Patience

I learned how to bake bread last fall.  I had made several attempts over the years.  My mother tried to show me how when she was staying with me after our eldest son Paul was born.  There he was, sleeping in his pumpkin seat—the nights were party time for him—while she showed me how to knead.  The trouble was, I always added too much flour, so my bread would turn out dense and dry.  Bread recipes have gotten easier over the years, especially with the advent of measuring weights rather than volumes.  So, armed with my trusty food scale, I was finally able to turn out a decent loaf of white bread.  I experimented over Christmas, making everything from English muffins to Challah. 

           During an Advent communion service at church, I dutifully broke off a small piece of a multigrain boule and dipped it in the pseudo-wine.  Perhaps it lacked the needed reverence of the moment, but I whispered to Marc how good the bread was.  After church, I found out a fellow church-goer had made it from a recipe in the book “Bread in Five Minutes a Day.”  Yep, you heard it right here, bread in five minutes.  That immediately went to the top of my Christmas wish list and our middle son Peter obliged me with a copy Christmas morning.

           The idea behind the book is that you can make a really loose bread dough using nothing but flour, salt, yeast and water and stirring it together.  Because the dough is so hydrated, the gluten proteins line up—all by themselves—without any kneading.  You just cut off a good size piece of the dough after it’s risen, shape it and bake it.  It’s really good, and simple and homemade—and easy!  What could be better?  Bread conquered, done!  Bam!

           I was thus a bit mystified when Marc gave me another book for my birthday, named simply “Bread” by Jeffrey Hamelman.  At 478 pages in a size 8 font, the book is an encyclopedia of bread making.  It introduced me to words and ideas I had never heard before: yeasted pre-ferments such as poolish, autolyze, a “self-smoothing rest,” levain breads.  It was overwhelming.  But, I became intrigued, because although I had made sourdough bread several times, it just didn’t have the chew or the smell of a really good sourdough. 

            So, I decided to give this really complex method a try.  I weighed my ingredients—sourdough starter, flour and water to start.  The water needed to be 80 degrees, a somewhat frustrating temperature as our faucet seems to enjoy 77 degrees and 83 degrees with nothing in between.  I mixed all this and let the dough rest a bit—excuse me, I mean autolyze—then mixed in the salt.    From there I started folding the dough every half hour for a total of four times.  At this point, you should be able to “windowpane” the dough, or pinch some up and spread it out thin enough to allow light through without breaking.  Since my “windowpaning” didn’t work, I folded a fifth time before I finally saw the light.  (I hope that made you smile.  Or at least groan.)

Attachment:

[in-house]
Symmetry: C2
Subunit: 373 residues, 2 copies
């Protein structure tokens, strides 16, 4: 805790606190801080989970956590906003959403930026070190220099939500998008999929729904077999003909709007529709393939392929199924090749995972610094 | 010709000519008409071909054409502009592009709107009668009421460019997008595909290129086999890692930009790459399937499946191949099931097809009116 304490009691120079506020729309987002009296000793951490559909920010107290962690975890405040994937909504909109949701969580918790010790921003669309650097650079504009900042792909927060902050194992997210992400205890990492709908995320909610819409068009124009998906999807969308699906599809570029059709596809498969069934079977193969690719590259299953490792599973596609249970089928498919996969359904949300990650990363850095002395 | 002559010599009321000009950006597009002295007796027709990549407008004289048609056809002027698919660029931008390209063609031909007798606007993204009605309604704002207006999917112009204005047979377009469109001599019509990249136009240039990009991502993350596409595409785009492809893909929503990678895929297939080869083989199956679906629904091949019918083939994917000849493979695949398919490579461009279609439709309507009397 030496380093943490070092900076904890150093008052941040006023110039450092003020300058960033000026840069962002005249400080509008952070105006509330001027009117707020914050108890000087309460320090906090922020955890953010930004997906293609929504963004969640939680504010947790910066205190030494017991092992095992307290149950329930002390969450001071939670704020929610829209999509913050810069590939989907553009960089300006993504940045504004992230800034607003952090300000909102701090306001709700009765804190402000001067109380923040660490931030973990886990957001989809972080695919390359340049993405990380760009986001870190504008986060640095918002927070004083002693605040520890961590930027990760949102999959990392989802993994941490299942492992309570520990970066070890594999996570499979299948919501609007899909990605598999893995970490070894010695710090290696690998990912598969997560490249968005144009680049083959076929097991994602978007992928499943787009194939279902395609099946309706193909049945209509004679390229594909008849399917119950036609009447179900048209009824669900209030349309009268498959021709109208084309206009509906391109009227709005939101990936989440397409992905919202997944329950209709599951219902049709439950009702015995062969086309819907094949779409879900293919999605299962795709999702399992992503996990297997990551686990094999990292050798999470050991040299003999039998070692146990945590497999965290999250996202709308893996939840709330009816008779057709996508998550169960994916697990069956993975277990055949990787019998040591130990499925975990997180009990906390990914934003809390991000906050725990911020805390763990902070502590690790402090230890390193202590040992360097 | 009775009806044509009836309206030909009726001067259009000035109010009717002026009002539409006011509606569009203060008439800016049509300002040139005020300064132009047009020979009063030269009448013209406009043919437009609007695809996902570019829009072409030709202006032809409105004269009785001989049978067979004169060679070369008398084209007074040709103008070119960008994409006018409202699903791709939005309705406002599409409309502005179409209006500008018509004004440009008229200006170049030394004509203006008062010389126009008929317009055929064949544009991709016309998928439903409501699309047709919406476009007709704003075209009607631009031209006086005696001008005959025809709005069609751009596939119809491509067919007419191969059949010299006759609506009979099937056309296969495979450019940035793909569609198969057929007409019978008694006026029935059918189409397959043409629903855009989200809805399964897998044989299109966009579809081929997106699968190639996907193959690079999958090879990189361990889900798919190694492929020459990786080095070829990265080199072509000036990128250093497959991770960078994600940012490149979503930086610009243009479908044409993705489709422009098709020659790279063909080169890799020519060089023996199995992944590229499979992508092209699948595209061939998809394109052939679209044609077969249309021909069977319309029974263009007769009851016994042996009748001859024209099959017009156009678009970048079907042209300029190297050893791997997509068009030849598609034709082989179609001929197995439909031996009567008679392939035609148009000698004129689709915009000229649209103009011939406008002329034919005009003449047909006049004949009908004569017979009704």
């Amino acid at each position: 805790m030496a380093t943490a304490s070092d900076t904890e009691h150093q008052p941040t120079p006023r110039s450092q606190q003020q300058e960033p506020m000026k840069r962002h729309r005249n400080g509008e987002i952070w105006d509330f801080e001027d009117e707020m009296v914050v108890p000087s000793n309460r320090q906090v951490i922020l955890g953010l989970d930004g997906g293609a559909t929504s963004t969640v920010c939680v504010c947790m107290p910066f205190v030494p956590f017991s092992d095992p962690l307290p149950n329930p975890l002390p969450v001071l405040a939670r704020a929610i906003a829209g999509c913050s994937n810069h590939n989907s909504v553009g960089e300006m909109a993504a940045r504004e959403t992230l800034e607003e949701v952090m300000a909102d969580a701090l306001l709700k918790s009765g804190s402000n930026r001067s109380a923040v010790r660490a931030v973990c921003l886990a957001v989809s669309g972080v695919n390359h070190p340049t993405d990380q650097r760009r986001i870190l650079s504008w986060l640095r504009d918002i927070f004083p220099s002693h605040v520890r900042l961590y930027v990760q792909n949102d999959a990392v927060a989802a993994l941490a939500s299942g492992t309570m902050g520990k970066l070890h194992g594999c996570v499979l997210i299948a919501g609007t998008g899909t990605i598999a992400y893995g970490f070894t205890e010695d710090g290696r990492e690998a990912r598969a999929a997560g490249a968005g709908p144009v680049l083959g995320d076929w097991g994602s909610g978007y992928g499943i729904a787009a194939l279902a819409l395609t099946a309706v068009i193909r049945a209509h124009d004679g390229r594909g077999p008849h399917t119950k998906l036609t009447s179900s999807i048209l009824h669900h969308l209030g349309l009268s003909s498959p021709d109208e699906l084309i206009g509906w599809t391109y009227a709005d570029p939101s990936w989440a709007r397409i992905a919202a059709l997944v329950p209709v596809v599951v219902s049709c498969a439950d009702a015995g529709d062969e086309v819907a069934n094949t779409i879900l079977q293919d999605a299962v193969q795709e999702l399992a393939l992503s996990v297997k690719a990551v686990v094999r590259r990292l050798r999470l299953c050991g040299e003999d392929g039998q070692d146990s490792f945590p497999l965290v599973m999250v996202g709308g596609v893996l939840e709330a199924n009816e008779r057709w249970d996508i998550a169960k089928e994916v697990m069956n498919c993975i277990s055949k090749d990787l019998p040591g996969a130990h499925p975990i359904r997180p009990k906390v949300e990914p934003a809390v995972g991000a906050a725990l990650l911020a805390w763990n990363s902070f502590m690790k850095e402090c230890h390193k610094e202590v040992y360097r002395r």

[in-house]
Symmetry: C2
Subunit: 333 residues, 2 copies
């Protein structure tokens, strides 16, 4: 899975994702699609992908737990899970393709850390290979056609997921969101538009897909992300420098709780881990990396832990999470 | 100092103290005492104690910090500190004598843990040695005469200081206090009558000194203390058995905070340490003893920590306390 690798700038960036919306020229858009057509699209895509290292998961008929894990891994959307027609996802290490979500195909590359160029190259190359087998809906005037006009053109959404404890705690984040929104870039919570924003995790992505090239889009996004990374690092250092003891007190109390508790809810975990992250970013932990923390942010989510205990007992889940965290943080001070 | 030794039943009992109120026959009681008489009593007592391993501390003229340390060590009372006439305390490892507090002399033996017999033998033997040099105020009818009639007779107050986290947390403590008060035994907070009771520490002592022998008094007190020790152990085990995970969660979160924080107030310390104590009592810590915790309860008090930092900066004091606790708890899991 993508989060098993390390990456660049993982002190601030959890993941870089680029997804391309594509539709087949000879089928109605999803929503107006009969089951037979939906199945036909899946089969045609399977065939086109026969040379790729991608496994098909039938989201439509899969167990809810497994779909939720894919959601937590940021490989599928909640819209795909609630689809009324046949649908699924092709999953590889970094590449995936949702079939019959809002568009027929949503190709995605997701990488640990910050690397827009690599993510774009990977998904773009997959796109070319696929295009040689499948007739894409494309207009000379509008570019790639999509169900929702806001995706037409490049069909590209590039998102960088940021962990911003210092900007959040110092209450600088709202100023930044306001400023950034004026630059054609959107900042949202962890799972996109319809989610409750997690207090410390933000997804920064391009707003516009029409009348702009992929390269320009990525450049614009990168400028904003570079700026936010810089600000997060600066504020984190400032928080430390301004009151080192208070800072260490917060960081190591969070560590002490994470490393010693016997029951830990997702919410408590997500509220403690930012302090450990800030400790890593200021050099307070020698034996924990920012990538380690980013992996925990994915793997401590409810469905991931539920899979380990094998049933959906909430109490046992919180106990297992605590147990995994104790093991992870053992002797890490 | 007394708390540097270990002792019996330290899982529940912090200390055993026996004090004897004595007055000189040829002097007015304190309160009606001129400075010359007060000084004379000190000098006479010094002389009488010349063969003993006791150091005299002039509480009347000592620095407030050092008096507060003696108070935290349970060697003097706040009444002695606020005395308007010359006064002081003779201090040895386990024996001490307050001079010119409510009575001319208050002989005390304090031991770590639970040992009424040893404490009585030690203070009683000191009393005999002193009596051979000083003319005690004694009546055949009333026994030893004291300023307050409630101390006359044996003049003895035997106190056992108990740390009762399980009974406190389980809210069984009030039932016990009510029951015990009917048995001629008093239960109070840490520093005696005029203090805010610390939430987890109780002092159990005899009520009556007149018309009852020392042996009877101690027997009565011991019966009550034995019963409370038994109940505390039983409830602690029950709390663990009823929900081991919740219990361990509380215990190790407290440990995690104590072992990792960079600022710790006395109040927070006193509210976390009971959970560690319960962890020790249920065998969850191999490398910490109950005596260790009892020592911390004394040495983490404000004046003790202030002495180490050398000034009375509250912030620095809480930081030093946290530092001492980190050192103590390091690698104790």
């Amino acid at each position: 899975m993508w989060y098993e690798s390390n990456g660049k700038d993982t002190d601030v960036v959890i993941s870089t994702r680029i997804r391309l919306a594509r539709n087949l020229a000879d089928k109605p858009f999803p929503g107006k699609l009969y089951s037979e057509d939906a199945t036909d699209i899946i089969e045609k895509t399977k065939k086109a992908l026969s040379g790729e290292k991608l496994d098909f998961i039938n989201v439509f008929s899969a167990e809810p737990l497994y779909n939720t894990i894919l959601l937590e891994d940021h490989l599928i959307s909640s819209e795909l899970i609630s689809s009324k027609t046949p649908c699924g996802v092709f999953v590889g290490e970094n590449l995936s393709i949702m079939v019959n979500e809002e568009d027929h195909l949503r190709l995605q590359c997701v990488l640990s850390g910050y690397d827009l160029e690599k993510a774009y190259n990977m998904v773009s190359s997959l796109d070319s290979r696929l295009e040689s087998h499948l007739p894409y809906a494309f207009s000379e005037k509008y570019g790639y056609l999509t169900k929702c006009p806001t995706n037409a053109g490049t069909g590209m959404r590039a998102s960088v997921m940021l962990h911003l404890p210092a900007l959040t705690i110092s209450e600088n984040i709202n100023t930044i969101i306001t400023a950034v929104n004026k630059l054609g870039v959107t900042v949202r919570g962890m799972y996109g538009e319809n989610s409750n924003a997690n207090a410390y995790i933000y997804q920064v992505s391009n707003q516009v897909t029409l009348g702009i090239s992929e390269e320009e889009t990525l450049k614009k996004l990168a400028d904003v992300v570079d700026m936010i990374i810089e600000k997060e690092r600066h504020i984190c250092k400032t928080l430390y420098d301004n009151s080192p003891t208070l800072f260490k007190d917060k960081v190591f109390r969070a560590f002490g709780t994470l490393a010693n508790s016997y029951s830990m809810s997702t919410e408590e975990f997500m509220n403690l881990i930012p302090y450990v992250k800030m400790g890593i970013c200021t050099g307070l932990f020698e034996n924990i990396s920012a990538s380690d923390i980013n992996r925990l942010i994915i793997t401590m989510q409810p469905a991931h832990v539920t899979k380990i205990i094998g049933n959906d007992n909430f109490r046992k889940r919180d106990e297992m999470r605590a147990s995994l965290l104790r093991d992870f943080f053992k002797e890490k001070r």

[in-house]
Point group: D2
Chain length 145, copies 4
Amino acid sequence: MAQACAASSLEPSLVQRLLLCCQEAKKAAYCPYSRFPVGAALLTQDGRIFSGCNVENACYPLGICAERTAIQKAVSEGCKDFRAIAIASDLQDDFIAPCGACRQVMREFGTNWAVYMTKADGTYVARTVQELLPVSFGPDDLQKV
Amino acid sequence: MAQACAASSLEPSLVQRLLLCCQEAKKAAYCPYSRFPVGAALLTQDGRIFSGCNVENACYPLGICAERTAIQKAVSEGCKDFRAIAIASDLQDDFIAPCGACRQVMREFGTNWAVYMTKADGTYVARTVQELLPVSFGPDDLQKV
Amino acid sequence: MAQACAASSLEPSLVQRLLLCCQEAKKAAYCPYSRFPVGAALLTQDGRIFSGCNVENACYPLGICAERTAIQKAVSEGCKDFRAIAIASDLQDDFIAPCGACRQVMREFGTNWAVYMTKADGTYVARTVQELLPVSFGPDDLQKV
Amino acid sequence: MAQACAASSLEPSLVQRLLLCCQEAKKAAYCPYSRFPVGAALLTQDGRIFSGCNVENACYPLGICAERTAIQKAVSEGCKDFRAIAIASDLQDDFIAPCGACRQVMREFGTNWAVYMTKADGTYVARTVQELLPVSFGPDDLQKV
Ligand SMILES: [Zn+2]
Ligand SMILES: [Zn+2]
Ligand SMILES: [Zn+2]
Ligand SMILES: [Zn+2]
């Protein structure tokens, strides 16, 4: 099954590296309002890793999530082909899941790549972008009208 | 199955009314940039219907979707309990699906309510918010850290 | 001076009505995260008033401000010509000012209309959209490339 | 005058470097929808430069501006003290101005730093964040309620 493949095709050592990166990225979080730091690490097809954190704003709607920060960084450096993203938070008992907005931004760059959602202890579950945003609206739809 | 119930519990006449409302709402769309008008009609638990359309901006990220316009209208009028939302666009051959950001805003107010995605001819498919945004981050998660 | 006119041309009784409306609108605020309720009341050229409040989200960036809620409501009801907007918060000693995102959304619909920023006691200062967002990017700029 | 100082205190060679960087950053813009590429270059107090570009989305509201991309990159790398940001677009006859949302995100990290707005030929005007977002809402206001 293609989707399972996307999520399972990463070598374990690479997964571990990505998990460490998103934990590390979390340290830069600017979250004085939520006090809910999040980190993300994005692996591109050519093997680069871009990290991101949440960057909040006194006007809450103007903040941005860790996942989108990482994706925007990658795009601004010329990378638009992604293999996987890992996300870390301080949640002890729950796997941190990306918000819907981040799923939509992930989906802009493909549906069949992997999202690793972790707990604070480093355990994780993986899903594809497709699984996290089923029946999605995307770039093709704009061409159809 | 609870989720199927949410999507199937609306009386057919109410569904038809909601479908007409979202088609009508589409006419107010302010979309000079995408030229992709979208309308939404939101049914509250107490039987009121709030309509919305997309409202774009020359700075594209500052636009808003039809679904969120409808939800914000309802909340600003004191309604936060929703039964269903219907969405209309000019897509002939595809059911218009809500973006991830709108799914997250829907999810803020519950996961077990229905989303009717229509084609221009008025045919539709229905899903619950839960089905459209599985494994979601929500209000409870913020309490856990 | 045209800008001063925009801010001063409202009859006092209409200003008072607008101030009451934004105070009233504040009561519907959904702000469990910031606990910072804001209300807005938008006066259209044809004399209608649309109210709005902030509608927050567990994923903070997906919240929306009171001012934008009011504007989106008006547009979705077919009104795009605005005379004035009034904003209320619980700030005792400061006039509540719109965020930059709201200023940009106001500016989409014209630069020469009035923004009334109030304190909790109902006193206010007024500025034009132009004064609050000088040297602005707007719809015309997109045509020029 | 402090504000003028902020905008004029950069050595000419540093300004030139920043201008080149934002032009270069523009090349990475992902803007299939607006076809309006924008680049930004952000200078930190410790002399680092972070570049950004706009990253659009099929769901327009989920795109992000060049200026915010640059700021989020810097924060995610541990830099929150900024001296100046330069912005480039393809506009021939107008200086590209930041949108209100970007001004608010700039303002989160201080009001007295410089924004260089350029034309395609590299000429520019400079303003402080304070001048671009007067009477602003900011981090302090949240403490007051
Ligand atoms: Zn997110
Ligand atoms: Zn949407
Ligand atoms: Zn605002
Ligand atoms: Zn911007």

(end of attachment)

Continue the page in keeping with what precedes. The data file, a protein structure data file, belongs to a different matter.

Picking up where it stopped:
Another one-hour rest period at room temperature was followed by an overnight slow rise in the refrigerator.  I was going from my five-minute bread to day-and-a-half bread.  So, the next day I took the dough out of the refrigerator and let it come to room temperature over two hours before dividing it with a knife since I didn’t have, and wasn’t likely to get, a bench scraper.  Then on to pre-shaping, more resting, shaping, more resting, until finally it was ready to bake.  I will not bore you with the plethora of pre-bake, intra-bake, post-bake activities. 

            Thirty-two hours after I started my grand experiment, I brought out the first sourdough boule from the oven.  The aroma filled the room.  The crust crackled loudly as I moved it from the oven to the cooling rack. 

            At dinner that night, Marc got the first piece. 

   “It’s really good, Honey,” he said.  He paused as he chewed and then he closed his eyes.  “Oh boy.  That is really, really good.”  He said it with great reverence.

            You don’t always need to do things the long way.  My five-minute bread is great for everyday, a treat rather than store-bought bread.  But, there is something about taking the time, being patient, that can turn something good into something spectacular. 

            I know that one of the most crucial elements of my journey to becoming healthy and fit was time. I was changing the way I had lived but I wouldn’t see any results of my efforts for months.  And months.  Yet, every single day was slowly building my capacity and understanding of how to follow a healthy lifestyle.  The time, the care, the attention all made that lifestyle as natural as breathing. 

            I appreciate the shortcuts we find in our daily lives.  Sometimes, though, when something is important enough, we need to be patient, follow every little step and take the time to do it right.

Categories Lifestyle, Total Wellness, UncategorizedTags , , ,

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